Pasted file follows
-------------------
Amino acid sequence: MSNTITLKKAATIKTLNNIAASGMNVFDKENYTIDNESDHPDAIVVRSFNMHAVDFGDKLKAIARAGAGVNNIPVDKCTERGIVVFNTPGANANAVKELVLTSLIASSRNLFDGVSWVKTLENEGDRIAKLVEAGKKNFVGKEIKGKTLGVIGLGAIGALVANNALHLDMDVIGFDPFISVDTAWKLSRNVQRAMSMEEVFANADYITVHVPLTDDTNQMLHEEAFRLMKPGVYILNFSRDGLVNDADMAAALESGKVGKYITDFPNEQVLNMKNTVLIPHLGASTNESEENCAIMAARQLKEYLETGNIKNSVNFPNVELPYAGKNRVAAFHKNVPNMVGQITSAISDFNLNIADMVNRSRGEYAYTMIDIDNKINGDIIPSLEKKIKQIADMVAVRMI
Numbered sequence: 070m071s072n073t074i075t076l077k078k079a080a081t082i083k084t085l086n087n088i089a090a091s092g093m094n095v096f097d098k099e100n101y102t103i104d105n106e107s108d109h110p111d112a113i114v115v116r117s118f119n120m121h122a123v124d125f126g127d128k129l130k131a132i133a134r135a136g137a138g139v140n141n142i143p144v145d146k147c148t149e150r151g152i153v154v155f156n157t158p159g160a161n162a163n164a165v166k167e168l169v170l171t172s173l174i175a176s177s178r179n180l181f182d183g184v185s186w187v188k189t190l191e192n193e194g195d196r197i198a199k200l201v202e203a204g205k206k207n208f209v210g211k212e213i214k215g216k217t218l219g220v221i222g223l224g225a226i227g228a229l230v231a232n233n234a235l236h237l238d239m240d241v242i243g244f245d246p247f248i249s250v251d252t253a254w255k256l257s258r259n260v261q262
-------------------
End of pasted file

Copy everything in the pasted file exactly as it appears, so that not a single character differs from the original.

Amino acid sequence: MSNTITLKKAATIKTLNNIAASGMNVFDKENYTIDNESDHPDAIVVRSFNMHAVDFGDKLKAIARAGAGVNNIPVDKCTERGIVVFNTPGANANAVKELVLTSLIASSRNLFDGVSWVKTLENEGDRIAKLVEAGKKNFVGKEIKGKTLGVIGLGAIGALVANNALHLDMDVIGFDPFISVDTAWKLSRNVQRAMSMEEVFANADYITVHVPLTDDTNQMLHEEAFRLMKPGVYILNFSRDGLVNDADMAAALESGKVGKYITDFPNEQVLNMKNTVLIPHLGASTNESEENCAIMAARQLKEYLETGNIKNSVNFPNVELPYAGKNRVAAFHKNVPNMVGQITSAISDFNLNIADMVNRSRGEYAYTMIDIDNKINGDIIPSLEKKIKQIADMVAVRMI
Numbered sequence: 070m071s072n073t074i075t076l077k078k079a080a081t082i083k084t085l086n087n088i089a090a091s092g093m094n095v096f097d098k099e100n101y102t103i104d105n106e107s108d109h110p111d112a113i114v115v116r117s118f119n120m121h122a123v124d125f126g127d128k129l130k131a132i133a134r135a136g137a138g139v140n141n142i143p144v145d146k147c148t149e150r151g152i153v154v155f156n157t158p159g160a161n162a163n164a165v166k167e168l169v170l171t172s173l174i175a176s177s178r179n180l181f182d183g184v185s186w187v188k189t190l191e192n193e194g195d196r197i198a199k200l201v202e203a204g205k206k207n208f209v210g211k212e213i214k215g216k217t218l219g220v221i222g223l224g225a226i227g228a229l230v231a232n233n234a235l236h237l238d239m240d241v242i243g244f245d246p247f248i249s250v251d252t253a254w255k256l257s258r259n260v261q262